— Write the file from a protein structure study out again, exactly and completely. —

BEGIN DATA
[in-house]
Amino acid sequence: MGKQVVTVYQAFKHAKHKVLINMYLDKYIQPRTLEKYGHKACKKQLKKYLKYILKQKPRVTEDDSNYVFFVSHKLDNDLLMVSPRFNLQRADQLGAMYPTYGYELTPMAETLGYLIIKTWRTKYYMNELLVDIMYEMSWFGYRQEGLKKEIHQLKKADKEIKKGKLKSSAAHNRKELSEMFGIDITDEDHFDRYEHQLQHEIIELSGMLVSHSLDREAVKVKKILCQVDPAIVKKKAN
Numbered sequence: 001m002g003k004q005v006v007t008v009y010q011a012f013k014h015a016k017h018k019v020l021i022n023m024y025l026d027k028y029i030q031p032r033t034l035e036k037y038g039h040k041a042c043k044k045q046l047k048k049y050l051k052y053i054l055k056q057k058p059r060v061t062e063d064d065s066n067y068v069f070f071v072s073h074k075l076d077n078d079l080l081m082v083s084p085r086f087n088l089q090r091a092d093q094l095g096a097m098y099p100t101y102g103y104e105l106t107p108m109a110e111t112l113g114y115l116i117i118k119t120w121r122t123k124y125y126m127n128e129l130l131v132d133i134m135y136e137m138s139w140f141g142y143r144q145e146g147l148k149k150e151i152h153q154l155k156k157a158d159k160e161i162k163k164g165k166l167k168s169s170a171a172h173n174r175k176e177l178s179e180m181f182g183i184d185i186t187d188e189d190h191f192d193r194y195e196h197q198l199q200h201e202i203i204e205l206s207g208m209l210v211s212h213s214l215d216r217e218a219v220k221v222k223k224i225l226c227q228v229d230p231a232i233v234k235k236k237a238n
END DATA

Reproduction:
[in-house]
Amino acid sequence: MGKQVVTVYQAFKHAKHKVLINMYLDKYIQPRTLEKYGHKACKKQLKKYLKYILKQKPRVTEDDSNYVFFVSHKLDNDLLMVSPRFNLQRADQLGAMYPTYGYELTPMAETLGYLIIKTWRTKYYMNELLVDIMYEMSWFGYRQEGLKKEIHQLKKADKEIKKGKLKSSAAHNRKELSEMFGIDITDEDHFDRYEHQLQHEIIELSGMLVSHSLDREAVKVKKILCQVDPAIVKKKAN
Numbered sequence: 001m002g003k004q005v006v007t008v009y010q011a012f013k014h015a016k017h018k019v020l021i022n023m024y025l026d027k028y029i030q031p032r033t034l035e036k037y038g039h040k041a042c043k044k045q046l047k048k049y050l051k052y053i054l055k056q057k058p059r060v061t062e063d064d065s066n067y068v069f070f071v072s073h074k075l076d077n078d079l080l081m082v083s084p085r086f087n088l089q090r091a092d093q094l095g096a097m098y099p100t101y102g103y104e105l106t107p108m109a110e111t112l113g114y115l116i117i118k119t120w121r122t123k124y125y126m127n128e129l130l131v132d133i134m135y136e137m138s139w140f141g142y143r144q145e146g147l148k149k150e151i152h153q154l155k156k157a158d159k160e161i162k163k164g165k166l167k168s169s170a171a172h173n174r175k176e177l178s179e180m181f182g183i184d185i186t187d188e189d190h191f192d193r194y195e196h197q198l199q200h201e202i203i204e205l206s207g208m209l210v211s212h213s214l215d216r217e218a219v220k221v222k223k224i225l226c227q228v229d230p231a232i233v234k235k236k237a238n